And then, because she wasn’t sure what else she should do, she rolled her suitcase to the sidewalk in front of her house, with her tattered wedding dress shoved underneath her arm, stood there for a moment, and wondered what the hell was going on.
An hour and forty-five minutes earlier, Lucy’s plane had touched down on the runway in Phoenix after returning from what was supposed to have been a fantastic weeklong vacation in Hawaii. She had left Martin, her fiance, and her job as a dental hygienist to travel to the tropical paradise with her best friend and co-worker, Jilly, and their friend, the office receptionist, Marianne. Instead, the trip defied their expectations as soon as they arrived. Their luxurious boutique accommodations were nothing more than a roadside motel with a museum-quality collection of insects; the discount-brand sunscreen Lucy had purchased was cheap for a reason; and it was suspected that either the pig or some shellfish the girls gobbled at the luau could have rightly benefited from a little more time in the cooker. Lucy spent the majority of her seven days in Hawaii fighting off ants and mosquitoes in a shabby motel; watching her skin burn, bubble, and peel like a paper label off a jar; and trying to master a lopsided, dirty toilet with missing floor bolts.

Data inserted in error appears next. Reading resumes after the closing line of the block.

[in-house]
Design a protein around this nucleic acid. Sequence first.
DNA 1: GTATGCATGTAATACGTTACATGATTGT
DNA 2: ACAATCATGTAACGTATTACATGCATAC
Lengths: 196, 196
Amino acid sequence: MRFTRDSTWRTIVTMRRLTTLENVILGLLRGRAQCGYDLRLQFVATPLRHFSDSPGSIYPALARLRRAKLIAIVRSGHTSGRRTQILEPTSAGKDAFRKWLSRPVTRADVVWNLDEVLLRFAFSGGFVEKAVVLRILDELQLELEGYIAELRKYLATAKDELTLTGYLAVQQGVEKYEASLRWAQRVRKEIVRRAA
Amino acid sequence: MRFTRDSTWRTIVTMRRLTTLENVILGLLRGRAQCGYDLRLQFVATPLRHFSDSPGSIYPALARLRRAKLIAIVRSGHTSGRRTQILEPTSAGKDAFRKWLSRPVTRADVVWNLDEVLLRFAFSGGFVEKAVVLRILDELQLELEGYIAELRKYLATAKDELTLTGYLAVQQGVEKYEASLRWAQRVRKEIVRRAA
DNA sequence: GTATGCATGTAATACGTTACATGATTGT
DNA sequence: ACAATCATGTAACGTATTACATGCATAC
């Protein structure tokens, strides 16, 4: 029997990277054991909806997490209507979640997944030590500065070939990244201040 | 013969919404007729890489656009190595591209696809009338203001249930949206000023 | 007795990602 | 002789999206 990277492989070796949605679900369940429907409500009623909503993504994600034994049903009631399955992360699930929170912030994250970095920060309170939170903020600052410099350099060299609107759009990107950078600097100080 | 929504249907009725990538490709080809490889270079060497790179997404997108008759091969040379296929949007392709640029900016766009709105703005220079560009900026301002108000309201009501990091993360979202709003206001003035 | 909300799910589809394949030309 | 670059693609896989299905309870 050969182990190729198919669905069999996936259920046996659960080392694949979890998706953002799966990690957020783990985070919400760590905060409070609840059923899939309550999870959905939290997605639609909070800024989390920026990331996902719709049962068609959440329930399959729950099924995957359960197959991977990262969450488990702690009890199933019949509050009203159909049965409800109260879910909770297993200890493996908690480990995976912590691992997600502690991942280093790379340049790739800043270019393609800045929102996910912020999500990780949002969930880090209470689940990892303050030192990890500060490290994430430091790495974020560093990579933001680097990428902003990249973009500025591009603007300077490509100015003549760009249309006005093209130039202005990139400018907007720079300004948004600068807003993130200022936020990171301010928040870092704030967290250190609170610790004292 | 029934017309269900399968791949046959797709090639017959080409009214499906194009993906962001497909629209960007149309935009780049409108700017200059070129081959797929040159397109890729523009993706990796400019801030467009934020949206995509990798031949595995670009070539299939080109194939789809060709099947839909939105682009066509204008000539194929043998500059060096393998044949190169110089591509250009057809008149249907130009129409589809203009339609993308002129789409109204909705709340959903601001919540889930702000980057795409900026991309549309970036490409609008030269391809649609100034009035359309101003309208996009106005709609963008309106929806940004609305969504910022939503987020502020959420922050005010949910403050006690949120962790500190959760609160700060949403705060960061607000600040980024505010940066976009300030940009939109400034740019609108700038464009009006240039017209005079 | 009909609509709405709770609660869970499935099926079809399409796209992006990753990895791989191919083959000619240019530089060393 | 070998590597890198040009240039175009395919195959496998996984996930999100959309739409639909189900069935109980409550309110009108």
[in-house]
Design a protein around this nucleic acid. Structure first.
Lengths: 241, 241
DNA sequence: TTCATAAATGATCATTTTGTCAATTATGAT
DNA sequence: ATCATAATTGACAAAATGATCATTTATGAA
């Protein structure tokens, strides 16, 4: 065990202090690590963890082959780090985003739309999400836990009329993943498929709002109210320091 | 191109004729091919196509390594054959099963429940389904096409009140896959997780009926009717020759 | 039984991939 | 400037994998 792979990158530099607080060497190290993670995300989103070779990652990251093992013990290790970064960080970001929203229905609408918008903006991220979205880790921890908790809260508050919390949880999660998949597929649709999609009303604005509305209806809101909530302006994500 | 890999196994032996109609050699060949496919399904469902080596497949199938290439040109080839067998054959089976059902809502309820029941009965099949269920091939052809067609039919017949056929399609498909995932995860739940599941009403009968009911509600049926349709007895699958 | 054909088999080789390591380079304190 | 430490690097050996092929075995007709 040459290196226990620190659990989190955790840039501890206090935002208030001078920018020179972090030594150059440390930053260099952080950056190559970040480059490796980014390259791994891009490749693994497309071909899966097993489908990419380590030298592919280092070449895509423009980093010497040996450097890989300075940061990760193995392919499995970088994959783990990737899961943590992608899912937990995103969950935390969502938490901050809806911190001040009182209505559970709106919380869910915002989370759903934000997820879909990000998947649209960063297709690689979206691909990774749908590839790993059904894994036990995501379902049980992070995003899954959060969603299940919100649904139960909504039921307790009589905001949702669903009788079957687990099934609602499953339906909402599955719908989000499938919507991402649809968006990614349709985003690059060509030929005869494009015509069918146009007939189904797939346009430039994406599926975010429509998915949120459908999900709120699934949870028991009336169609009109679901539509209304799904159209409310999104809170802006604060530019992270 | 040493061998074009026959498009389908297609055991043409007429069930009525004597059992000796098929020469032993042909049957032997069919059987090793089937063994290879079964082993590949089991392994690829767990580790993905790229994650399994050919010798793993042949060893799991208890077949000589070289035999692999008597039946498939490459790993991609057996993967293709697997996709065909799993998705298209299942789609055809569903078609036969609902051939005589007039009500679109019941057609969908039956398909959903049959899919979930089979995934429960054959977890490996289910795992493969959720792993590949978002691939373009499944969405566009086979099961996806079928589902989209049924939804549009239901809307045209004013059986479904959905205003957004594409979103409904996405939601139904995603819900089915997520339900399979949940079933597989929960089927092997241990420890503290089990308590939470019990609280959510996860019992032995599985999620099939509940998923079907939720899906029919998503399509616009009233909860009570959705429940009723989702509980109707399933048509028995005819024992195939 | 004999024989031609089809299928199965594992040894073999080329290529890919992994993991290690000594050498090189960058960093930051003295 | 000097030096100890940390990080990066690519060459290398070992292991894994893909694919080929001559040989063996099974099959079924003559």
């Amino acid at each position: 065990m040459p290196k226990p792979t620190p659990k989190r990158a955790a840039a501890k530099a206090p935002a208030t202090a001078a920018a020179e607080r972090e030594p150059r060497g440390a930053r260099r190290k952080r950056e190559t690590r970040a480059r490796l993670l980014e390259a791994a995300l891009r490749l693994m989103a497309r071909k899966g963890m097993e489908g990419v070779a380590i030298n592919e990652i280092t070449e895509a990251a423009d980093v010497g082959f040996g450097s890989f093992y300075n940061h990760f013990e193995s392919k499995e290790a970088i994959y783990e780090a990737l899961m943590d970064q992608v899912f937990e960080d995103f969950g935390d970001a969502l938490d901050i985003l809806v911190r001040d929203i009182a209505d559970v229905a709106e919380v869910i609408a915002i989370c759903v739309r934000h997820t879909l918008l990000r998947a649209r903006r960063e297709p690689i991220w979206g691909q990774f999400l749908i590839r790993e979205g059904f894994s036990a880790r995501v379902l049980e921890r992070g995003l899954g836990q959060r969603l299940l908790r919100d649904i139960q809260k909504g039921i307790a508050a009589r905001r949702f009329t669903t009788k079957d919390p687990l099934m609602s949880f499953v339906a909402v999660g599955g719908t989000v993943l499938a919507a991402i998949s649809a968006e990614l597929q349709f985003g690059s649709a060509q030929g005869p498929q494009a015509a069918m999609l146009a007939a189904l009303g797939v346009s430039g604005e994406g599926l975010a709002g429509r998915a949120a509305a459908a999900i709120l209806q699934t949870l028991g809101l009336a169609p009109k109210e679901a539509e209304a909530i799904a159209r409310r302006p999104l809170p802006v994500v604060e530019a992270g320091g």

None of that, however, could hold a candle to the trip’s high point, which began when she was simply having some drinks in the motel bar with Marianne, who was on a mad prowl for a vacation fling. The receptionist was less than versed at the art of flirting and might have been more successful in making a match had she invested in a hairbrush and attended to the area of her upper lip, which didn’t look so much like a lip as it did a pelt. While that sort of fur growth is great on a kitten, Lucy thought, it just didn’t reap the same snuggle rewards on a woman who often had Cheetos dust clinging to hers. Lucy never had too many problems attracting men; she only had trouble attracting men who weren’t already married, weren’t unemployed at the moment, or weren’t just going into or just coming out of rehab. Her warm, strong eyes were clearly her best feature and made her look openly approachable, followed by a definitive straight nose and genetically predisposed perfectly aligned teeth. She looked friendly and fun, and was just unpolished enough to look like she knew how to relax and have a good time.